HP Pavilion dv2 First Impressions and Test Results

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dv2We got up close and personal with HP's Pavilion dv2, the first notebook with AMD's Neo processor, at CES. But now we have one to play with, and it looks like this ultraportable will have a lot of appeal for buyers looking for something more stylish, comfortable, and powerful than a typical netbook. But is it worth $749?

At 3.8 pounds, the dv2 is a bit heavy (the Samsung NC20 weighs 3.4 pounds), but it's certainly svelte at 0.93 inches at its thinnest point. The sloping design reminds us of a sports car. Make that a very, very shiny sports car. This version of the dv2, which sports an Espresso Black finish, is quite glossy. In fact, the deck of the system is so glossy we found it a bit distracting to work on under office lights. Some may appreciate that the touchpad has a mirrored surface, but others will be turned off.

The 12.1-inch display is plenty bright, and we found the level of detail good when watching Heroes on Hulu. On the other hand, we couldn't help but notice how high the display sits relative to the NC20. The height of the lid might prove problematic for frequent fliers who are worried about the passenger in front of them leaning back too far. The speakers, backed up by SRS Premium Sound technology, were plenty loud.

As far as ergonomics go, the dv2 is pretty good. The keyboard was fairly comfortable and close to full size (although the concave nature of the keys takes some getting used to), and the touchpad was fairly smooth without too much friction. All of the ports are easy to access on the sides. The right side of the dv2 houses an HDMI port and VGA port, plus three USB ports. On the left you'll find the memory card slot, headphone and mic jacks, and an additional USB port.

So what about performance? We haven't run our full suite of tests yet, but AMD's Yukon platform impresses more in terms of graphics oomph than sheer processing power: In PC Mark Vantage, which measures Vista performance, the dv2 notched 1430, which is about 400 points higher than the Intel Atom-powered Workhorse PC Certeza MC10. We're not sure how much the 4GB of RAM helped here versus the Neo CPU.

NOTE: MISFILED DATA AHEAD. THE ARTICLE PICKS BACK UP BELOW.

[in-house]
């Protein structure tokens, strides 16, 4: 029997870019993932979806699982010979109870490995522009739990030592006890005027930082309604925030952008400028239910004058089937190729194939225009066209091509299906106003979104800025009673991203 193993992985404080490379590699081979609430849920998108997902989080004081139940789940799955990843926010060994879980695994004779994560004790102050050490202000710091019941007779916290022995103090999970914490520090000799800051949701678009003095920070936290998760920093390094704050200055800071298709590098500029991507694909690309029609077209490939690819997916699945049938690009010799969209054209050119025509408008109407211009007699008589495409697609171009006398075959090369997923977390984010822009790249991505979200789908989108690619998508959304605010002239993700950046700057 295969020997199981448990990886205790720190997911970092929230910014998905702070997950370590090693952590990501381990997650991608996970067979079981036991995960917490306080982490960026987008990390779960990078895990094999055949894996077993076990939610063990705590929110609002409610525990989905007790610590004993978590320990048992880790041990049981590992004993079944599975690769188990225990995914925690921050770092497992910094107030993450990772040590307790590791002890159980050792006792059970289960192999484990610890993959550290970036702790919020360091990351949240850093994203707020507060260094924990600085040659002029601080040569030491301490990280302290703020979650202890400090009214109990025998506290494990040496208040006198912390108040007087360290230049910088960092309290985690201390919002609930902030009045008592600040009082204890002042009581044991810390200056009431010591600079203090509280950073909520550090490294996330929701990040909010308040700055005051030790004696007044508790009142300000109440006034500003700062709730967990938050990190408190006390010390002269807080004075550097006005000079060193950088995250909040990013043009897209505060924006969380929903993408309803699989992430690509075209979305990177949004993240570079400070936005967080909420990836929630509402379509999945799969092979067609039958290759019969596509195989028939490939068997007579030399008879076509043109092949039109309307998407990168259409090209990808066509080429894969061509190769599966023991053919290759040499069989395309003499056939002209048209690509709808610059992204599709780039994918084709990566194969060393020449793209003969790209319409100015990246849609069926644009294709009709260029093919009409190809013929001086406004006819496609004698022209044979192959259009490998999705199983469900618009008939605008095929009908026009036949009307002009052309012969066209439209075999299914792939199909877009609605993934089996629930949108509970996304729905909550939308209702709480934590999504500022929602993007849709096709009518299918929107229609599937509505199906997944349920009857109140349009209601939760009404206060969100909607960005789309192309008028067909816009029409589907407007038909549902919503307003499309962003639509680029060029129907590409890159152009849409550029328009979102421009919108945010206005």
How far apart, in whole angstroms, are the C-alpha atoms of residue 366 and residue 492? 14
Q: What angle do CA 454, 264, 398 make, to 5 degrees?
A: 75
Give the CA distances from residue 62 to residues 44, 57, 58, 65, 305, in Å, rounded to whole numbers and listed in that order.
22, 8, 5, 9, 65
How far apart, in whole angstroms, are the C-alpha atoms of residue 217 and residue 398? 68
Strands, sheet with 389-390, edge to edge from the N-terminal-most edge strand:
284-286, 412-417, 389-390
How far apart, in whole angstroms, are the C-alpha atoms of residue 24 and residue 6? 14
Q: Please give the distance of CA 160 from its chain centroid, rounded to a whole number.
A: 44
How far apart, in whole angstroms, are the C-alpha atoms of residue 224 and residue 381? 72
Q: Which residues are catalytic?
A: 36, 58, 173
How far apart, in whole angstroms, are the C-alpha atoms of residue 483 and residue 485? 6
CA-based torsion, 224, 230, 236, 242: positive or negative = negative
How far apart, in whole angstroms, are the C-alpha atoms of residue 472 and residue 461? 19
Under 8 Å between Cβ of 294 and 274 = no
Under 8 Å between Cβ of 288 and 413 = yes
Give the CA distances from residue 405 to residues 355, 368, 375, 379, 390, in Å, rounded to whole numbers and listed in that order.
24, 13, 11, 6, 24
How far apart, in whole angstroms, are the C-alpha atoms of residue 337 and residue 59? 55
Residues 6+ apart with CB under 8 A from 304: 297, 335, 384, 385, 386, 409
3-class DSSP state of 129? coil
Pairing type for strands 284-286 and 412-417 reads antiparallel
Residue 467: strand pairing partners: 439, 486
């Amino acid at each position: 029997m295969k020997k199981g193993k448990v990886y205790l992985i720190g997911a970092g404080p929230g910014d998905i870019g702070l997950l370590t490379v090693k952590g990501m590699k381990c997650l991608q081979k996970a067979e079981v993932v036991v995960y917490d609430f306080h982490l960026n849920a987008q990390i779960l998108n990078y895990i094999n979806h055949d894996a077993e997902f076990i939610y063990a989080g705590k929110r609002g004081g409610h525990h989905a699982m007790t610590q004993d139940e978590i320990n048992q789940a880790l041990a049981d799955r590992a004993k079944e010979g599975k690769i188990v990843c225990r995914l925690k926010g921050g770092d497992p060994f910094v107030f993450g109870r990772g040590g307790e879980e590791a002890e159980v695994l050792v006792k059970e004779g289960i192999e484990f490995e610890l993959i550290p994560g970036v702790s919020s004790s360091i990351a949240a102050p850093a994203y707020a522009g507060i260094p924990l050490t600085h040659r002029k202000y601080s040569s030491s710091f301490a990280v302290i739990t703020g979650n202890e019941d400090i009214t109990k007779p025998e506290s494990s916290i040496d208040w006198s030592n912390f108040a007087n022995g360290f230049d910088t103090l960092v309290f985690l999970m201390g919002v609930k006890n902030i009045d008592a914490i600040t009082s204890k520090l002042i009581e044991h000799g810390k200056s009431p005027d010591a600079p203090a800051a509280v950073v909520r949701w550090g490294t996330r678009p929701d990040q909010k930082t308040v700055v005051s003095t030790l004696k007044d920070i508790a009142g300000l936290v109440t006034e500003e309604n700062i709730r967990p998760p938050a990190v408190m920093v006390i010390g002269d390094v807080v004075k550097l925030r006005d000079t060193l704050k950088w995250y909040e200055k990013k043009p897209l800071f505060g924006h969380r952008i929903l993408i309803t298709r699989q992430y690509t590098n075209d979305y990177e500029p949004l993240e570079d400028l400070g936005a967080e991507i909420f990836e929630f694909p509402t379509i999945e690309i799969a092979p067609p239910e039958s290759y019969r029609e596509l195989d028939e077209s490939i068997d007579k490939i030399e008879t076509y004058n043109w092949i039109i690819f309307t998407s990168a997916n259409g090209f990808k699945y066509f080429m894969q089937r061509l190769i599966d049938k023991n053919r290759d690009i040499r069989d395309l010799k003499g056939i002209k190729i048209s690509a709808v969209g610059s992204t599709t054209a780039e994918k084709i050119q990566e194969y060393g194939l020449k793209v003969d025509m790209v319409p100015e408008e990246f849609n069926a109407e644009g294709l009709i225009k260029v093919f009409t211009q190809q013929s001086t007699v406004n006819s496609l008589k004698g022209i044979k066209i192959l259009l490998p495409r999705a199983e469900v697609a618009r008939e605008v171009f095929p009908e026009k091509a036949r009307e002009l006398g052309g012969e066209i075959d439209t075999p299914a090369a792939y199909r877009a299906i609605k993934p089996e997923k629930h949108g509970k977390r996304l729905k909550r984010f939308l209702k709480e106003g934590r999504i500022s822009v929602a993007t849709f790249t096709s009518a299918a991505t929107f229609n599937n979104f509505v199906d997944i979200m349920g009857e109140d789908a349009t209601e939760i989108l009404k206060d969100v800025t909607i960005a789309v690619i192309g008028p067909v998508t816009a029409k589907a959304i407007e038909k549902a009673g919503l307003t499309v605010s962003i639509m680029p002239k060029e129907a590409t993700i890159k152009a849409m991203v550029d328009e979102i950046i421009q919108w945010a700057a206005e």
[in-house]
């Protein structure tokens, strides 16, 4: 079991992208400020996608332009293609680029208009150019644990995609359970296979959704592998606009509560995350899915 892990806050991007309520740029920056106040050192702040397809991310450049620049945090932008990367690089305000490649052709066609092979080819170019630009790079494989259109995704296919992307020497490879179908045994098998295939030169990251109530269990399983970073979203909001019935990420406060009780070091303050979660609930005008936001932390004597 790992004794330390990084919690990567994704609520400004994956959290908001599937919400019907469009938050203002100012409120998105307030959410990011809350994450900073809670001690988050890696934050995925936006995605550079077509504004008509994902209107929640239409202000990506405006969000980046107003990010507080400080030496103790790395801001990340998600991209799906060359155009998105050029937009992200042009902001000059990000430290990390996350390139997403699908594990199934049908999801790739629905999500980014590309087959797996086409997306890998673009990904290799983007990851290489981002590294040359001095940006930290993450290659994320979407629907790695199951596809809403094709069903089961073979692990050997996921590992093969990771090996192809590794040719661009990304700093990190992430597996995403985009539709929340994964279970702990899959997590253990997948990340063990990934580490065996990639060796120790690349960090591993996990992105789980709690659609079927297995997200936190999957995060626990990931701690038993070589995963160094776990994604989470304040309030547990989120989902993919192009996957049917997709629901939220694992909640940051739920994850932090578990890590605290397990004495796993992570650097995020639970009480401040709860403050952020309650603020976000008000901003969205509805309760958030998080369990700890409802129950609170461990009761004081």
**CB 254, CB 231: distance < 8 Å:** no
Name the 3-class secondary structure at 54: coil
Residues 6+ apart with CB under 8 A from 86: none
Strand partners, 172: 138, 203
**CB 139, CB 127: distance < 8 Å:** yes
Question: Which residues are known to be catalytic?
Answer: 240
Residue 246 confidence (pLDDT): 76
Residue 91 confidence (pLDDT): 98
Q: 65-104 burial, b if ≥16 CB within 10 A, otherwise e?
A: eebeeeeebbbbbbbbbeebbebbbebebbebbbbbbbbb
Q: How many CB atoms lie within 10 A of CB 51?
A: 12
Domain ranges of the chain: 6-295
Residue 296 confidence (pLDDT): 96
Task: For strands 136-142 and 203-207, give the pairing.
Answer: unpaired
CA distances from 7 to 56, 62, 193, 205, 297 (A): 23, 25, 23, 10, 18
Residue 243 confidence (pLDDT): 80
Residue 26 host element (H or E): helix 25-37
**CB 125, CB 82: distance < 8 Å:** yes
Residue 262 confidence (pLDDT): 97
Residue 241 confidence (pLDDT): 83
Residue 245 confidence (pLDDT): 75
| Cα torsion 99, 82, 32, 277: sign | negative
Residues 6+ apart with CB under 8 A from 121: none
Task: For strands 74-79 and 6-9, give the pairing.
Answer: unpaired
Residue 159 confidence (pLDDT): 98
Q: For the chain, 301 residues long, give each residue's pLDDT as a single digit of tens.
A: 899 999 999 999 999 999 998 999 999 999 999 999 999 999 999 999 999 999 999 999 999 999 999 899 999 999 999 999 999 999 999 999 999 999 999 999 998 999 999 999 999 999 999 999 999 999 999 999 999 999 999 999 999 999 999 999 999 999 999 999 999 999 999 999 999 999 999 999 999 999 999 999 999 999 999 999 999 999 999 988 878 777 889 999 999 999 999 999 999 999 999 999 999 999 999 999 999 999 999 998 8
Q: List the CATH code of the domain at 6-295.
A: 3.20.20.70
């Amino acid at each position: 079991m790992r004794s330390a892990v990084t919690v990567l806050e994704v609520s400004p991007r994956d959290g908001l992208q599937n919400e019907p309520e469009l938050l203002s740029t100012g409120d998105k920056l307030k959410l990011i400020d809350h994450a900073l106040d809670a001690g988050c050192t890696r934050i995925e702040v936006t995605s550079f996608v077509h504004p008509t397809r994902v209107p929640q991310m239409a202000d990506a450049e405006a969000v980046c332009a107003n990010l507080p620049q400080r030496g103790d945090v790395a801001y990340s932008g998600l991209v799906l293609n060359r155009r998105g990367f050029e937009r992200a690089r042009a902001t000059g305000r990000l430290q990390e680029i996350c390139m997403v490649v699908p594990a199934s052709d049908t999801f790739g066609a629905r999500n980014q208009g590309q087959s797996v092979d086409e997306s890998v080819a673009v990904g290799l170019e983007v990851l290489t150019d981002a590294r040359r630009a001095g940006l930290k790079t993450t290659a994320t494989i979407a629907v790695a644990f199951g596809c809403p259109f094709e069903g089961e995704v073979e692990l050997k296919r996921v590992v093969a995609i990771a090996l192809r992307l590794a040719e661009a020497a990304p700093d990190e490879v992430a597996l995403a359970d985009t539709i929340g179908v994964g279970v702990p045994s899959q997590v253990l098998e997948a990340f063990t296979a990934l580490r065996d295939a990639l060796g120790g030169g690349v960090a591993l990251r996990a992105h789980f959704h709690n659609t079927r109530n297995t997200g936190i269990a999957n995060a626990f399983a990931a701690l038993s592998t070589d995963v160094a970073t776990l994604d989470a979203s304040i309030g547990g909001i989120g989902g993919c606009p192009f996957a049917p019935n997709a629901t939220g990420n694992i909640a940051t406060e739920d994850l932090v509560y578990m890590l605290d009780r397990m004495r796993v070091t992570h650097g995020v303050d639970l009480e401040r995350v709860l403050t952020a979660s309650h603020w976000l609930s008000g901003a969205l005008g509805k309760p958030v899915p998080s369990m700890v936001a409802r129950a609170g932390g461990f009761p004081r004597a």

The average for ultraportables, however, isĀ  much higher at 2952. As another point of comparison, the $699 MSI VR220 YA Edition (powered by a 2.0-GHz Intel Pentium Dual Core T3200 processor with 2GB of memory) scored 2,511 on PCMark Vantage.

On the graphics front, the dv2 scored 3735 and 1448 in 3DMark03 and 3DMark06, respectively, which soundly beat the NC20 (606, 131) and the netbook averages in those tests (758, 169). The dv2 even outclasses the average ultraportable notebook in the above benchmarks (1753, 896). The only real downside so far is ambient heat. Some areas we measured beneath the keyboard registered an uncomfortably warm 102 degrees Fahrenheit.

Overall, the Pavilion dv2 looks slick and offers snappy enough performance for Vista, but we'll have to wait and see how much endurance the 6-cell battery offers before we give it our seal of approval. Read on for the full specs and stay tuned for the full review.

HP Pavilion dv2 Specs

AMD Athlon Neo Processor MV-40 1.6 GHz

Windows Vista Home Premium (64-bit) w/ SP1


320GB HDD 5400 rpm SATA


ATI Radeon HD 3410 Graphics w/ 512MB DDR2

External DVD-RW Lightscribe

6-cell battery

802.11 a/g/n

HP Webcam

HP Imprint - Espresso Black

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Author Bio
Mark Spoonauer
Mark Spoonauer, LAPTOP Editor in Chief
Responsible for the editorial vision for Laptop Mag and Tom's Guide, Mark Spoonauer has been Editor in Chief of LAPTOP since 2003 and has covered technology for nearly 15 years. Mark speaks at key tech industry events and makes regular media appearances on CNBC, Fox and CNN. Mark was previously reviews editor at Mobile Computing, and his work has appeared in Wired, Popular Science and Inc.
Mark Spoonauer, LAPTOP Editor in Chief on
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